11. As we all know, “you can’t fix stupid”! Even when all the facts point to an amazing, athletic, healthy person that is 5’4” and 284 pounds some people will call you a liar. As the “Mom” let me tell you that this amazing child, ice skated when she was younger, even as the instructors said, she can’t jump, she can’t spin, and she did, with grace and beauty. Played soccer, coaches said, she can’t run she can’t kick, she did, you can ask the other girls that limped off the field! Played volleyball, with a killer serve and was one of the best setters.
    These people need to get over themselves and do some research, maybe if you are reading; you won’t put your foot in your mouth so often!

  12. There is a psychological explanation for this, bee tee dubs. It’s called the Dunning-Kruger effect, and it can best be summed up as “The less they know, the more they don’t know they don’t know it.”

    More technically, is the psychological effect that people who have a lower cognitive ability or level of knowledge in a certain area, the higher their degree of confidence regarding the accuracy of their beliefs about it. I.e., people who aren’t scientists or epistemologists assessing that “because evolution is just a theory, it’s not real science.” Or people telling me – a professionally trained philosopher – why their philosophical ideas are obviously the right ones. Their lower their cognitive ability/level of knowledge means their metacognitive ability to evaluate the verisimilitude (closeness to truth or likelihood of accuracy) of their beliefs is also lower. Hence the over confidence.

    the reverse DK effect is when the higher your cognitive ability or level of knowledge, the less confidence you have in your assessments because you recognize the genuine evidence you need to have to make your claims. Thats why people like me and you are slower to pass judgment – we recognize that no matter how much we know our knowledge is itself limited and you need to know more about an issue before you can be confident your beliefs are right.

    The reverSe DK effect is that people with a high

    • Thank you for this! I always wondered why I just couldn’t argue with people who obviously didn’t know what they were talking about. It’s so frustrating to know that you know just enough about something to know that you don’t know enough to school somebody who doesn’t know anything about it!

    • Beautiful. Bonus points for use of versimilitude. Thank you so much for this, it’s really good information well presented. At least, I think it is – I’d need to do more research to be sure ;)

      ~Ragen

    • This is brilliant! Thanks for this; it puts into words something that’s been nagging at me for years!

  13. I just don’t understand it. Here’s the thing – let’s imagine that all the fatties in the world (a) eat too much (b) exercise too little and (c) are lazy slobs.

    Who cares?

    Really, who cares? Why is it important to somebody else?

    I don’t run down to the beach to shriek at all the sun bathers that they’re going to get skin cancer and cost the system lots of money and they should cover up. People would think I was a moron/crazy person if I did that. And, to be honest, I don’t really care if they fry themselves. Plus I’d be wrong anyway, because most of them have probably slathered on the sunblock, it’s just that I can’t see it.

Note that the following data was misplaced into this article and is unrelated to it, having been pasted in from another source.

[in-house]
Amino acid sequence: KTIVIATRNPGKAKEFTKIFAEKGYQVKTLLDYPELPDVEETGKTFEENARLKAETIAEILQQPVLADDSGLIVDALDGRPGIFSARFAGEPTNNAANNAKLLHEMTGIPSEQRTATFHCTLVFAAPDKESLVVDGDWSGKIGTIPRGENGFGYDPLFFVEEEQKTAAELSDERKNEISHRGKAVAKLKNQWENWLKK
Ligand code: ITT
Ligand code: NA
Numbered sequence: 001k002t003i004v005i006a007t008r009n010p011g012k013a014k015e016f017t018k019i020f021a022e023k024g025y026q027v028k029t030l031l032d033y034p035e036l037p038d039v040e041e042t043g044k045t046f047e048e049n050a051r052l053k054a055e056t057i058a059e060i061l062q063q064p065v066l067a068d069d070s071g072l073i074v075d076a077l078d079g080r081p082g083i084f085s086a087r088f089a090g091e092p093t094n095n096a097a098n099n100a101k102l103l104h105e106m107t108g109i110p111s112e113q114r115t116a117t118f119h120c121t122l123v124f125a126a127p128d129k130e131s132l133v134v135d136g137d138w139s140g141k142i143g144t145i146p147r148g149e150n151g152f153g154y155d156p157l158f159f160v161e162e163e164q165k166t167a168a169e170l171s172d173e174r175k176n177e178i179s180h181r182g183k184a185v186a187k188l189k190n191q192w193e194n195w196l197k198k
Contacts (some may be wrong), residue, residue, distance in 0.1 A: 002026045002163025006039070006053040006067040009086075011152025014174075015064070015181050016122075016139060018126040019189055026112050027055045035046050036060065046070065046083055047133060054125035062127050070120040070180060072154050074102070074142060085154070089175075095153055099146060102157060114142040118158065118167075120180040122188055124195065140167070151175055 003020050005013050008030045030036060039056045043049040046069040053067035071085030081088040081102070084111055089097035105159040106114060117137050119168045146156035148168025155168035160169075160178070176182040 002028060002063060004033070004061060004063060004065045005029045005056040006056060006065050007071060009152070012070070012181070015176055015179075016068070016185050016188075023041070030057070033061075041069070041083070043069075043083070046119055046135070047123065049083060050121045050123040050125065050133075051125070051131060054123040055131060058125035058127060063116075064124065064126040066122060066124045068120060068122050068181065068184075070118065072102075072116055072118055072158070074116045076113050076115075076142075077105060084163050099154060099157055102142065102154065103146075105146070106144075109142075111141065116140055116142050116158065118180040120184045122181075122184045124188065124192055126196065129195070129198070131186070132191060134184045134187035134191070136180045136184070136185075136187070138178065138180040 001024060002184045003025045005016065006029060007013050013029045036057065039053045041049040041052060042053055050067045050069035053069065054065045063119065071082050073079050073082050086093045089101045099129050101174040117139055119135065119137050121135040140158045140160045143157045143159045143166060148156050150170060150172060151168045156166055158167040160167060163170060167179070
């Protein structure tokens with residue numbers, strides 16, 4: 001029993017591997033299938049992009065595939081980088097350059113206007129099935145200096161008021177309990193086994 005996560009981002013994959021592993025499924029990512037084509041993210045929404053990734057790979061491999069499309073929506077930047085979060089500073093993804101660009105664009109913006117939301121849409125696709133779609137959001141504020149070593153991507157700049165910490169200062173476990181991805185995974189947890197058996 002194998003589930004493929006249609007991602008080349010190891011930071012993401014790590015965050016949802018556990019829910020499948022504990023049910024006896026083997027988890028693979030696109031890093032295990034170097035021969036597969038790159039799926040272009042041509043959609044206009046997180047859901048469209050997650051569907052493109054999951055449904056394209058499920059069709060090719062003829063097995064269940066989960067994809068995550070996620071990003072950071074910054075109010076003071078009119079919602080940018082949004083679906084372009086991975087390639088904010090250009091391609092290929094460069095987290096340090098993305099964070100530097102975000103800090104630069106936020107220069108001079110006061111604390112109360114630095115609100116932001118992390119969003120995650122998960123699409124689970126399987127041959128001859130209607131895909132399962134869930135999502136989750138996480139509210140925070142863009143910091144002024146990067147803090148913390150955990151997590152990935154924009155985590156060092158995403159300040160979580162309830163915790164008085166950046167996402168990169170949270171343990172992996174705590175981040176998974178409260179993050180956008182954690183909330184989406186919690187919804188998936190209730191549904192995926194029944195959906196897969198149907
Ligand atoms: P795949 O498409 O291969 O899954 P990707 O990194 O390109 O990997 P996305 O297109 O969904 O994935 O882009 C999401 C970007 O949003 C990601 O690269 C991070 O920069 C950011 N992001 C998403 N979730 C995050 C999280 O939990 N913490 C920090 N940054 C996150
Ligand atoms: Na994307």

Whoever said that we’ve just transferred all our sexual anxieties to fat people got it right. We can’t gossip about sexual impropriety any more, so we gossip about fat/food instead.

    • You have it spot on! We don’t put down people who tan, because what’s healthier than a lovely orange glow? But fatties? Dear sweet jebus won’t somebody think of the children?!? The omgdeathfatzrruiningtheworld crowd needs to look at the facts and quit bending over and taking the whims of the diet industry.

      There is only one thing that is certain in life, and that is death. Everyone dies so why not stick to what works for you and not hassle those who’s choices don’t directly affect your death. As for me, I plan on dying fat and happy, possibly while eating a salad, more likely while enjoying a good steak and a great beer. If my deahfatz kills me, awesome. If not, even better, but either way, I’m eventually six feet under.

    • I agree that it shouldn’t be a matter in which public opinion is important. I maintain that personal responsibility does not meant that I’m personally responsible for fulfilling someone else’s expectations.

      ~Ragen

  14. Thank you for yet another awesome post, Ragen!

    I am so sorry to hear that you are so often targeted by these terribly ignorant people.
    I hope that you can find strength and courage in the fact that you have many devoted readers on your side!
    :)

  15. Brilliant yet again, Ragen! Can you write something similar about people who say they are Christian and their way is the right way? And then they put down people who are different from themselves and say they are wrong/liars? Thank you!

    • Thanks Susan!

      I would say the same thing to those Christian who feel like we all need to embrace their faith. In fact, I think that the concept is universal: Do what you want to do/believe is right for you and then shut the hell up unless someone is asking for your advice. “You” is the operative word here: You cannot extrapolate to the whole of humanity based on the thing that works for you, whether it’s health, Christianity, fashion or anything else.